• Post Content: Maybe your list isn’t as important as it once was, but still has valid content. Why not turn it into a post. Add descriptive content and the story of why the list is/was important to you, and just make it a post. You can link to it from anywhere when you need to reference it, but it drifts into the post content, categories, and tags to be found by those who need the information.
  • Sticky Posts: WordPress.com offers Sticky Posts, a feature that “sticks” a post to the front of your blog at the top of the list until you unstick it. If your list is that critical, you can put it in a post and stick it to the front of your blog as a permanent reference list. You can use HTML Tables to structure your list in interesting ways using archaic and deprecated (but continued to work) inline styles to design the lists in tables on WordPress.com.

From here, use your imagination to showcase your lists across your new WordPress.com blog.

Windows Live Spaces Modules to WordPress Widgets

Click and drag widget to the sidebar in WordPress.comSince the process is one way, remember to protect your modules, copy and paste each one into a text editor BEFORE beginning the migration process. Once your site has been imported, and the Windows Live Spaces blog is shut down and redirected to WordPress.com, you will only have the backed up versions of your modules to work with, so ensure you protect the code.

Begin the restructuring process of your Windows Live Space Modules to WordPress Widgets by having the back up ready in your text editor open along with two tabs in your browser.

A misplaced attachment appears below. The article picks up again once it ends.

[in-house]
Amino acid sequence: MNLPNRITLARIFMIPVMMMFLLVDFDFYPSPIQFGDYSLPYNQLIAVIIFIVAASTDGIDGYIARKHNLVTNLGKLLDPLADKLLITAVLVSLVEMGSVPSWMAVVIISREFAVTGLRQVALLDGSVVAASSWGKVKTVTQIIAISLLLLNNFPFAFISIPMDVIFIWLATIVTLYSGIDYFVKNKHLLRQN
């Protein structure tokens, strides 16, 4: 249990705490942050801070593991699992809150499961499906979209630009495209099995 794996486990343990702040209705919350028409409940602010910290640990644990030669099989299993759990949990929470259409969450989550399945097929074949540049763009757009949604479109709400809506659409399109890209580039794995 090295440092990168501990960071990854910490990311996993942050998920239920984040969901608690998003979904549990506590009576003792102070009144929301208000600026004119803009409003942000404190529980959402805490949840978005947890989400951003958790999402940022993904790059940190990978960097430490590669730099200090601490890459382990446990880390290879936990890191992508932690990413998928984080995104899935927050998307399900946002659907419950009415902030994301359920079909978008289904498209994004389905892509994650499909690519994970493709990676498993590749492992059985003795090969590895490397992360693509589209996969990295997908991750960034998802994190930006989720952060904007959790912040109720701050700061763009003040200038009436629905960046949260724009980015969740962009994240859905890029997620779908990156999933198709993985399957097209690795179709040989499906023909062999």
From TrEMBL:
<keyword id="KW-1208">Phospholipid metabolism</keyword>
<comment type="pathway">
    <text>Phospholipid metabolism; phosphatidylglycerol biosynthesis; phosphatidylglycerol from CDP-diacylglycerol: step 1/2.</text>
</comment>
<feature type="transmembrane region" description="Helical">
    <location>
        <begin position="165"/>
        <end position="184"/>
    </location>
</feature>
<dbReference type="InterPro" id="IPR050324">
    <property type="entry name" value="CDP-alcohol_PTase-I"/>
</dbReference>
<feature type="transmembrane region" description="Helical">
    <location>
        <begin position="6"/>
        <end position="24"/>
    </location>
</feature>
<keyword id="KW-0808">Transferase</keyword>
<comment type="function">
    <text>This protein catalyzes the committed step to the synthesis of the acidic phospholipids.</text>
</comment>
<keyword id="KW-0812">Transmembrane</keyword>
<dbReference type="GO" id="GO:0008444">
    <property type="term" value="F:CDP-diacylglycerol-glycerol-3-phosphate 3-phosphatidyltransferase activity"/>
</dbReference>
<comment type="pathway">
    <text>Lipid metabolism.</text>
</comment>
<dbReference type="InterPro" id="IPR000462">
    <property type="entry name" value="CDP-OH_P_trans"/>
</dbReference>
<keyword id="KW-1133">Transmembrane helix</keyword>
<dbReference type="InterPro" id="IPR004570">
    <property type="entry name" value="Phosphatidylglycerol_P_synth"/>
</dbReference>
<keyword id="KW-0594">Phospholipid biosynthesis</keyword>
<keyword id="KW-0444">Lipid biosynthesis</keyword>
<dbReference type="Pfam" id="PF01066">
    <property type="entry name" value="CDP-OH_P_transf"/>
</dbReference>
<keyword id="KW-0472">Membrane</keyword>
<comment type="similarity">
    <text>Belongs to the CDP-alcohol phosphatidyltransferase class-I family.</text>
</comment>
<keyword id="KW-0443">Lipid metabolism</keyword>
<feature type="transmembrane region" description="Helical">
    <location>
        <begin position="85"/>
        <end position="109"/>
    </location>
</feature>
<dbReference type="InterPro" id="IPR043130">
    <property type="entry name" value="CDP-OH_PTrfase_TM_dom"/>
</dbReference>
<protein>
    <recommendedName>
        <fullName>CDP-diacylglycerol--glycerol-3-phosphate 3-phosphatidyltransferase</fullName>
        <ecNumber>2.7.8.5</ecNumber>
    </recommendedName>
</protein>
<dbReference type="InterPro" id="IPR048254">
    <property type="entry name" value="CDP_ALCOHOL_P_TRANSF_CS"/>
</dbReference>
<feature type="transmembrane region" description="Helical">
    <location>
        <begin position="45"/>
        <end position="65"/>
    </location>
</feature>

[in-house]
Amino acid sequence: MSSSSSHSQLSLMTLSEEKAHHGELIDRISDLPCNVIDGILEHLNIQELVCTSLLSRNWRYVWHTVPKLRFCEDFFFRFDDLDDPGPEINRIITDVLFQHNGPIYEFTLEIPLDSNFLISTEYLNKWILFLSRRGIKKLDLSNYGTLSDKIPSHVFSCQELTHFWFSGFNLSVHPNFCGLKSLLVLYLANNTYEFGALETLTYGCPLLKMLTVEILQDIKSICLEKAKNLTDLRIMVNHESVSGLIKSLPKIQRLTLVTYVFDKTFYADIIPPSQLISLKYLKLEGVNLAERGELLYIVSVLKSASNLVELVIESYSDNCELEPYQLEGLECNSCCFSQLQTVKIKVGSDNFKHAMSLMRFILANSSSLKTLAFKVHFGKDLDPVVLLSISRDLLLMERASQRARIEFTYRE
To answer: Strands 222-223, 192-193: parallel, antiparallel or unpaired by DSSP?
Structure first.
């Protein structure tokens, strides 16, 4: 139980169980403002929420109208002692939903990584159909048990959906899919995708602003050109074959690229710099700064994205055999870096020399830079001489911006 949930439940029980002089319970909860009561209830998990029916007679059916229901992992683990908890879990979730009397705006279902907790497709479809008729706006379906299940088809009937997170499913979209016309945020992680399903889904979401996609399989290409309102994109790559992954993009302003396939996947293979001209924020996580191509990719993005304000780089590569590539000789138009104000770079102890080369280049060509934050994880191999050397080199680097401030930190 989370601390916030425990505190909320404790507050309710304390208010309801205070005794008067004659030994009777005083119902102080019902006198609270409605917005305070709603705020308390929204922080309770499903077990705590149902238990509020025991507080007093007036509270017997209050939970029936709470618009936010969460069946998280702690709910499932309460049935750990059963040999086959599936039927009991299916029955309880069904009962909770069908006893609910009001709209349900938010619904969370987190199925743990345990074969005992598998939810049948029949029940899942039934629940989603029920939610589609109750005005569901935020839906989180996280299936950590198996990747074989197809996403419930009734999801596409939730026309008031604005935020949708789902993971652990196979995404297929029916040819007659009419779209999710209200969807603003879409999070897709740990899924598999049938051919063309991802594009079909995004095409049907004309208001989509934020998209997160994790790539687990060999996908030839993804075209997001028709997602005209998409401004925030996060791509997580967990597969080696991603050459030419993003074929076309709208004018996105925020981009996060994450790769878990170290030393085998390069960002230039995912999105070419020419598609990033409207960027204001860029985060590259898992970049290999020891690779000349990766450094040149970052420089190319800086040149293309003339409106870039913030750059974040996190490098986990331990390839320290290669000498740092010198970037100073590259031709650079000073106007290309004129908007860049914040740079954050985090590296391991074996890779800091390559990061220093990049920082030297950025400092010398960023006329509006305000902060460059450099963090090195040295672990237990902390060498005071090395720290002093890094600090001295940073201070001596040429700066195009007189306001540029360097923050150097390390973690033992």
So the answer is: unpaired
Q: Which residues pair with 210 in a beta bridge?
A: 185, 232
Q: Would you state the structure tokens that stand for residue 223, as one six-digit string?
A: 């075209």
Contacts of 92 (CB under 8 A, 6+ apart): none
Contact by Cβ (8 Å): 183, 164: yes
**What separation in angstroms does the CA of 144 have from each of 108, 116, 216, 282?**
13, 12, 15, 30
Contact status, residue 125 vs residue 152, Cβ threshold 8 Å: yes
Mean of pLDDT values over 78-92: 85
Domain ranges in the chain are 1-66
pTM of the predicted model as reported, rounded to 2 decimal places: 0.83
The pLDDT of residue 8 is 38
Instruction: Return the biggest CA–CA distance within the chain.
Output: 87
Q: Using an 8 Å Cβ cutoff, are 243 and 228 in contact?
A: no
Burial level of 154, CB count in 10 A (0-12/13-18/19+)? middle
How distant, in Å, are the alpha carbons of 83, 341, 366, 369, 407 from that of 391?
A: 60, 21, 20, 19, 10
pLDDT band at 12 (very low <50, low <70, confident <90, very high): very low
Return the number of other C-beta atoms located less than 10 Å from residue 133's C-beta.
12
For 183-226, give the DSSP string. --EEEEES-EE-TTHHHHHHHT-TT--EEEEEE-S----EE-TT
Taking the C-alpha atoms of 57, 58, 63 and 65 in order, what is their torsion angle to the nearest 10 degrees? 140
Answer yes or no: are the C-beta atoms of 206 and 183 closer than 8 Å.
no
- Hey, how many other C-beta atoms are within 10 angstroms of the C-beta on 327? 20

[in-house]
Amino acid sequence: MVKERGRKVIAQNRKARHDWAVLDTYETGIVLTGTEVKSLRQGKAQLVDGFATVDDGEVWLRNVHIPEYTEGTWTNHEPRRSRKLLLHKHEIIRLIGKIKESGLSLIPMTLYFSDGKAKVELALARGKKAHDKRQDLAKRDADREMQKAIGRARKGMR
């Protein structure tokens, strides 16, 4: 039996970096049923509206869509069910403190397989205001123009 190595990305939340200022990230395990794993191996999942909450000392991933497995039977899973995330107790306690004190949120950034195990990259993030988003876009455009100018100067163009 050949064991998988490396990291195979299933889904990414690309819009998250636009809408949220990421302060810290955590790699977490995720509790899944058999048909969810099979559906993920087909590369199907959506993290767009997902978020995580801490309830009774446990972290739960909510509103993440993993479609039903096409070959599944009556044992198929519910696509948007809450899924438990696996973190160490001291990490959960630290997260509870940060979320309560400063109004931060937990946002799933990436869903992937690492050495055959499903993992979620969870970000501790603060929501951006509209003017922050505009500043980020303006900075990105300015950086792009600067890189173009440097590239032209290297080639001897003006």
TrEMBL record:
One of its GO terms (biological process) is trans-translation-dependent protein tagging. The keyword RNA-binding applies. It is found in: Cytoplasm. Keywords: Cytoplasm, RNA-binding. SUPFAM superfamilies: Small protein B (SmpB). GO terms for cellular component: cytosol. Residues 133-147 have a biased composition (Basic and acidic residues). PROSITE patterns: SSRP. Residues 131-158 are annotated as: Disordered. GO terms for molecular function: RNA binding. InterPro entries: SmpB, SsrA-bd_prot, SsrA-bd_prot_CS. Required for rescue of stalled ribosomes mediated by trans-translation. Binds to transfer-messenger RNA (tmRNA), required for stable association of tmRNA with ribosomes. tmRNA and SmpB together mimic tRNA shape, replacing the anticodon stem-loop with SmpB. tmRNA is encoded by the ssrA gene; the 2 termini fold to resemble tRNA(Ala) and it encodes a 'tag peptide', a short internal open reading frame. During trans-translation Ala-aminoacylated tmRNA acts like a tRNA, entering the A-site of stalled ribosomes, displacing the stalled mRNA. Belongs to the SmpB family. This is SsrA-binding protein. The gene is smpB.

1. The Administration Panels for your new WordPress.com blog.
  2. The “reader’s view” of the new WordPress.com blog.

As you make changes, you will copy content from your Windows Live Spaces backup text to your new WordPress.com blog. Once they are saved, you can switch to the view of your WordPress.com blog and refresh/reload the page to see how the changes look, moving back and forth as you go making changes along the way.

WordPress Widgets are found under Appearance > Widgets on the WordPress Administration Panels.

Email Subscription option Widget in WordPress.comThe most important of the Widgets to Windows Live Spaces bloggers may be:

  1. Meebo: To add content from the Meebo network.
  2. Flickr: To add Flickr gallery images or streams.
  3. del.icio.us: To add your delicious links.
  4. Box.net file sharing: For sharing your files through Box.net
  5. Twitter: To show off your tweets from Twitter on your sidebar.
  6. VodPod Videos: For quick inclusion of VodPod Videos to your sidebar (which can come from any video source).
  7. Links: A list links you add via the Links panel.
  8. SocialVibe: Supporting charities through SocialVibe sponsorships.

If you have any of these services, a few clicks with new links and access and these will be available on your WordPress.com site.

WordPress Text Widget and Shortcodes

Example of HTML in Text Widget for WordPress.com sidebarFor the modules that won’t fit into these WordPress Widgets, such as Spaces Lists, you can use the WordPress Text Widget to restore them to your blog’s sidebar, or take advantage of the powerful Shortcodes WordPress uses to embed what is normally complicated code.

Add Feed to WordPress.com sidebar with Feed WidgetA WordPress Text Widget will only support HTML and CSS styles, not JavaScript or custom embed codes.

To use it, click and drag the Text Widget to the area of the sidebar you wish it to appear. It will open automatically to allow you to enter a title and the HTML. Save it and switch to the other tab to refresh and see how it looks. Don’t like the look? Check out my article on WordPress.com “font bling” to jazz up the look of text on your site.